Last Update August 22nd, 2016
What changes make the 2017 Toyota Prius different?
Newly standard safety gear and re-introduction of a plug-in model designed to travel 22 miles on electricity alone. This report covers the 2017 Toyota Prius Liftback hatchback in both its conventional gas-electric-hybrid form and in the new plug-in-hybrid Prius Prime guise.
The Liftback was redesigned from the ground up for model-year 2016, with radical new styling, better road manners, and even higher fuel economy. Toyota continues to sell a larger wagon version called the Prius v and a smaller, subcompact-class hatchback called the Prius c. The 2017 versions of these cars ride on derivatives of the previous-generation Prius architecture and see no significant changes. Low gas prices have short circuited the popularity of electrified vehicles. Year-over-year sales of the entire Prius line are down 25 percent through the first half of 2016. Not even introduction of the Prius Prime is likely to re-ignite demand; gas would need to climb back toward $4 per gallon to accomplish that.
Why should I buy a 2017?
To take advantage of the newly standard safety kit without suffering a steep price hike. – and to be among the first to own the plug-in Prius Prime This hatchback again boasts the interior volume of a midsize car but the friendly exterior dimensions of a compact.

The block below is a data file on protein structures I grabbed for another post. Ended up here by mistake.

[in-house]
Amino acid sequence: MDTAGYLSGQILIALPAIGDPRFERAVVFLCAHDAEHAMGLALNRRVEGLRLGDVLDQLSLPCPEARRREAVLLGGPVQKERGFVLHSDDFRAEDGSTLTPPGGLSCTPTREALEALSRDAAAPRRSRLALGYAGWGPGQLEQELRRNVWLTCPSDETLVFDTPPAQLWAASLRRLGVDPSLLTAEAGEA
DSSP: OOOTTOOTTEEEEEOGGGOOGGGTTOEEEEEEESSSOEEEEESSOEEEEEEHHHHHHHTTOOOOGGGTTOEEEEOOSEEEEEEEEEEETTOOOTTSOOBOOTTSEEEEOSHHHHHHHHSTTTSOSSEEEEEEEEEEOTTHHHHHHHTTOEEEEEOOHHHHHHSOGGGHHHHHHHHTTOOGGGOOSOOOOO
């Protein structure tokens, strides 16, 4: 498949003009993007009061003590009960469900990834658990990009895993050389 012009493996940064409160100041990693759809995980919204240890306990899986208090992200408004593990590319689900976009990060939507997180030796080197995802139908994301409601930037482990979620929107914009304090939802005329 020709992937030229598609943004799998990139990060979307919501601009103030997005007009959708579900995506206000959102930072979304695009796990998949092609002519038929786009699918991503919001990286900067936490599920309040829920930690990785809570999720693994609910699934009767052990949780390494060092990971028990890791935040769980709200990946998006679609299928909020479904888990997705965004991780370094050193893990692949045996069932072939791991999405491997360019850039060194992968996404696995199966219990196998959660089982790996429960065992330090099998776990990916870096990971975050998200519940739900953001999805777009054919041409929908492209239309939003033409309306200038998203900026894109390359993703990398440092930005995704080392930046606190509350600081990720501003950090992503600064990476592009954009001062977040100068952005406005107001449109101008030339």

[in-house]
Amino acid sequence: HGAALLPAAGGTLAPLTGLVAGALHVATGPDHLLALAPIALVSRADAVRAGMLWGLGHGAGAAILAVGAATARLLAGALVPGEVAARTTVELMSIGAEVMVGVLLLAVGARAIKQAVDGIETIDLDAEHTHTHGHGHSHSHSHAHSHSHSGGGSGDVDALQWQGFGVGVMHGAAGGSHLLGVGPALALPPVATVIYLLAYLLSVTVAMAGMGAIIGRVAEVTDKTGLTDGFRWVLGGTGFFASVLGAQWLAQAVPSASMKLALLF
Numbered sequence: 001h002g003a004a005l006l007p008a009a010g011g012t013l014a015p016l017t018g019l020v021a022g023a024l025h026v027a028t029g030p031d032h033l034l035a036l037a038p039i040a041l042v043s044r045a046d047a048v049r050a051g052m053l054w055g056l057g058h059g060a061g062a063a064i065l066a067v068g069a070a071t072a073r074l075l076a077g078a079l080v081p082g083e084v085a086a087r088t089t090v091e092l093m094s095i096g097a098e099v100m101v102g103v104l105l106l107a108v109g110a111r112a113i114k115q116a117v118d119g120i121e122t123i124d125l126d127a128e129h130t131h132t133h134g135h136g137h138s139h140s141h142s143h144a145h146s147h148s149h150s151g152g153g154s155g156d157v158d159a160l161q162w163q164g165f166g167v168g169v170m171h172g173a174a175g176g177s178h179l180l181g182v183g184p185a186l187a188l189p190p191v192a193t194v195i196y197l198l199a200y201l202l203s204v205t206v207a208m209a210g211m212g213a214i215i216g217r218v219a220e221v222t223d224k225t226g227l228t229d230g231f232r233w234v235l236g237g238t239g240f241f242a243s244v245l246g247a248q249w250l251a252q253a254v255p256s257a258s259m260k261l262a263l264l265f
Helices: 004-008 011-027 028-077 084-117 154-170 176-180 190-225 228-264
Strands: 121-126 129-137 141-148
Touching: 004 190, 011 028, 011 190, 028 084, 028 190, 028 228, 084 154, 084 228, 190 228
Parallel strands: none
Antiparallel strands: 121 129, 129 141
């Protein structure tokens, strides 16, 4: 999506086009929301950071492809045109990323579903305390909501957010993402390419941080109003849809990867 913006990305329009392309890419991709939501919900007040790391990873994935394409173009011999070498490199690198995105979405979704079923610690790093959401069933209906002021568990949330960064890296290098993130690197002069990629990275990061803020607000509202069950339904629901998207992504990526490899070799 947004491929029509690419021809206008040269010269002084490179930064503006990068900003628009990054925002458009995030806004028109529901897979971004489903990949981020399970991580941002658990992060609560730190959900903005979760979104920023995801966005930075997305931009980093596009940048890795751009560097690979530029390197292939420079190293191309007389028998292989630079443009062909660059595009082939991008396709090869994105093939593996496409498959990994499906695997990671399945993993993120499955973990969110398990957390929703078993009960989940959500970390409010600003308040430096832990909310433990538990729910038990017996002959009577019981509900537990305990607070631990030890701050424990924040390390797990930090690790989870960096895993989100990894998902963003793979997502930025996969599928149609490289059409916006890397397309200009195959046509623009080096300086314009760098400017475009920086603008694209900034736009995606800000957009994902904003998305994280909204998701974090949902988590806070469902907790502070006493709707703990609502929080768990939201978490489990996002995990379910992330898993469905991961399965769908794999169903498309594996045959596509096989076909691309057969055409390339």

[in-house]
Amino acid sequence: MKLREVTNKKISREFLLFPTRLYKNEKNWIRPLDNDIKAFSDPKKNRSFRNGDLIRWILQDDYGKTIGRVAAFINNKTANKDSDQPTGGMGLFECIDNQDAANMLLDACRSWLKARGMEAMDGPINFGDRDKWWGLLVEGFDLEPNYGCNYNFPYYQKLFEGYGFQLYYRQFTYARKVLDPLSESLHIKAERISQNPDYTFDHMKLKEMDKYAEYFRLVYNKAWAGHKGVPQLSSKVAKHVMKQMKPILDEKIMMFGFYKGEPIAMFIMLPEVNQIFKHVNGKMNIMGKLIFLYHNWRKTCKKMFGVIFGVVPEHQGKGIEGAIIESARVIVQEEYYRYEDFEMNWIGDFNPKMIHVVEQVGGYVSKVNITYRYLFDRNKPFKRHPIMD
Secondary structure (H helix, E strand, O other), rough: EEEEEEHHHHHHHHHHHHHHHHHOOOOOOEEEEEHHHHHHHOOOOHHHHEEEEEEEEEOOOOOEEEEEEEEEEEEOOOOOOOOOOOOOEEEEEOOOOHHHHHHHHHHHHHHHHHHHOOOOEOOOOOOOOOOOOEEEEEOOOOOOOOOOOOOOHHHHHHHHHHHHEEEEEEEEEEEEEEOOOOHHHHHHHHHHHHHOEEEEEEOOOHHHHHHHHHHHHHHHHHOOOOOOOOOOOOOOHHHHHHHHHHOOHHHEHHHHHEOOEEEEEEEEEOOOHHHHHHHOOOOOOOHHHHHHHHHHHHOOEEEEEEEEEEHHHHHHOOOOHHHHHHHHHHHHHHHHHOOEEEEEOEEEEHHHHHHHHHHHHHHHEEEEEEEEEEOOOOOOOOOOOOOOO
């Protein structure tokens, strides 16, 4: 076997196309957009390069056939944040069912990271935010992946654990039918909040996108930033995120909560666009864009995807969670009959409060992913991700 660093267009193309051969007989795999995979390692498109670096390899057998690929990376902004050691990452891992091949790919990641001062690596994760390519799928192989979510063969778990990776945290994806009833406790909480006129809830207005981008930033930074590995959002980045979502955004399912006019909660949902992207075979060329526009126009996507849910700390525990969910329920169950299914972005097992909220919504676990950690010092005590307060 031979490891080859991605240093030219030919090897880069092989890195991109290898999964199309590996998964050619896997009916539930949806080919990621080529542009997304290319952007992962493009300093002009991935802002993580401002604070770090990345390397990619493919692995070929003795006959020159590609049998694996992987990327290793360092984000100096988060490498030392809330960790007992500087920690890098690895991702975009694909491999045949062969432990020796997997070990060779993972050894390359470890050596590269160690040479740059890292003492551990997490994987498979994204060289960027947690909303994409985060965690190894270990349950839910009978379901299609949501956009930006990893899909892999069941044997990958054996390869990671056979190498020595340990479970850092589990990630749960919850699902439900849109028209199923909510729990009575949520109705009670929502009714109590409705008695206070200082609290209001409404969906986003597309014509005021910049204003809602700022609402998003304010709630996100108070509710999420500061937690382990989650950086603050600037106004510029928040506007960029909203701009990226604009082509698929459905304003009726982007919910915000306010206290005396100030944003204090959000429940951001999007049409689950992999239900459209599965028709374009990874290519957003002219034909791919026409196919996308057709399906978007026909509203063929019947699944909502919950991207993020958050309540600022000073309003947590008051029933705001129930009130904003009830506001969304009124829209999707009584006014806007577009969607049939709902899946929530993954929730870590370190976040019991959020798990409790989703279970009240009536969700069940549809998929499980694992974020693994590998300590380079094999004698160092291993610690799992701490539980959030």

And every ‘17 now comes with Toyota Safety Sense P (TSS-P). This suite of features consists of radar-based adaptive cruise control; pre-collision braking to a full stop, including pedestrian detection; lane-departure warning with steering correction to keep you in your lane; and automatic high-beam headlight control. These items had been available only on the costliest Prius trim levels, so kudos to the automaker for making them standard across the board while increasing starting prices by an average of just $374. By contrast, Honda Sensing offered by Toyota’s rival has technology similar to TSS-P, but its price premium is $1,000 and it’s not available on every trim level of every Honda.
The 2017 Liftback offers six levels of trim: a base version called the Prius Two, and ascending grades named Two Eco, Three, Three Touring, Four, and Four Touring. The full list of equipment for the Prius Prime was not available in time for this review, but it offers three levels of trim: Three, Four, and Four Advanced, with equipment roughly mirroring that of the similarly badged Liftback models. This is essentially a standard Prius Liftback with the ability to recharge the battery pack from the electrical grid, rather than from the car’s internal combustion engine or through regenerative braking. Unlike the previous-generation plug-in model, the Prime will be sold in all 50 states. Toyota promises up to 22 miles of electric-only driving and more than 600 miles total range on a tank of gas when factoring in the engine.
Check out our 2018 Toyota Prius Preview for the latest info
Should I wait for the 2018 model instead?
If you’re interested in the Liftback body style, probably not. Toyota won’t make noteworthy changes to styling or powertrains for 2018, though it probably will raise prices slightly. And it should repeat 2017’s six-model lineup